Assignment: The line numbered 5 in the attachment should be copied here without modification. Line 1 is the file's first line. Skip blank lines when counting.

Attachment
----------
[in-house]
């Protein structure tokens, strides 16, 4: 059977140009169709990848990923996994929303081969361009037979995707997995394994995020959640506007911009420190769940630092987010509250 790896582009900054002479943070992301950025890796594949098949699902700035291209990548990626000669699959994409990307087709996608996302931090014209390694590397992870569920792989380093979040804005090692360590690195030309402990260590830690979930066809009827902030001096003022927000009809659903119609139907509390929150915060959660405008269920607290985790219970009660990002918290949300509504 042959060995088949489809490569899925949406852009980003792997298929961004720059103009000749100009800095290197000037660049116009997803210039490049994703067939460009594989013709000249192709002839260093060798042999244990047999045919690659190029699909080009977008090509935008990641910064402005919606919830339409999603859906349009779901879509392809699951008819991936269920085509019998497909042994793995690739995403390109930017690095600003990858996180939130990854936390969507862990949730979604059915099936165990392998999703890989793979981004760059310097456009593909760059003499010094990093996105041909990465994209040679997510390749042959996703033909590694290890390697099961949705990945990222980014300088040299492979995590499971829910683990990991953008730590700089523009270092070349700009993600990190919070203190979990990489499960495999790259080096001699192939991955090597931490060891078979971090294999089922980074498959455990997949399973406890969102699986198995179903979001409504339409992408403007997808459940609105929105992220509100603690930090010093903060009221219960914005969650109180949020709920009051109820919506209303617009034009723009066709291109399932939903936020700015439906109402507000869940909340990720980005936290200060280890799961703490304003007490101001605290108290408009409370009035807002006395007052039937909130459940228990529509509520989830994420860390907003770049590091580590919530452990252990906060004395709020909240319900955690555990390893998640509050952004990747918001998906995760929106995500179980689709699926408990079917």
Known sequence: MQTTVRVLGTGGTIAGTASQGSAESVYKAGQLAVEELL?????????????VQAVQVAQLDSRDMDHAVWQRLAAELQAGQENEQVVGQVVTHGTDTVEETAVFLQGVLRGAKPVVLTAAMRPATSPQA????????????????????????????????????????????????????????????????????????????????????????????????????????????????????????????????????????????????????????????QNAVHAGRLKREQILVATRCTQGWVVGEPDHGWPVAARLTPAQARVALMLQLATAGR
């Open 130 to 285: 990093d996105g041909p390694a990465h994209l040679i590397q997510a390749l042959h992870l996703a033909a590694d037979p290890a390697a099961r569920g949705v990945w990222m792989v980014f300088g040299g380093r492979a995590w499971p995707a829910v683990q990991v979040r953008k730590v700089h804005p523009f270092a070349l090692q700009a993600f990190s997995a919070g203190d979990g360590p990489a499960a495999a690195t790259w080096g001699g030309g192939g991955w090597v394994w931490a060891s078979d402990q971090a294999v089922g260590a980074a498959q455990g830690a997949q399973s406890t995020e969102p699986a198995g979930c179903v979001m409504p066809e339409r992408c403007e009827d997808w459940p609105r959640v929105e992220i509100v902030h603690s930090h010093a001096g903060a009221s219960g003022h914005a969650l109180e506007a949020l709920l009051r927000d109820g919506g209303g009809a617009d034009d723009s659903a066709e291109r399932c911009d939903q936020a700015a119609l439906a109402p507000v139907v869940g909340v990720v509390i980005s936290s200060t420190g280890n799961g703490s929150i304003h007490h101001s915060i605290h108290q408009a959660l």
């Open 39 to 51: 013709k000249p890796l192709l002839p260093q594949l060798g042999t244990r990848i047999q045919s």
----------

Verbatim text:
């Open 39 to 51: 013709k000249p890796l192709l002839p260093q594949l060798g042999t244990r990848i047999q045919s």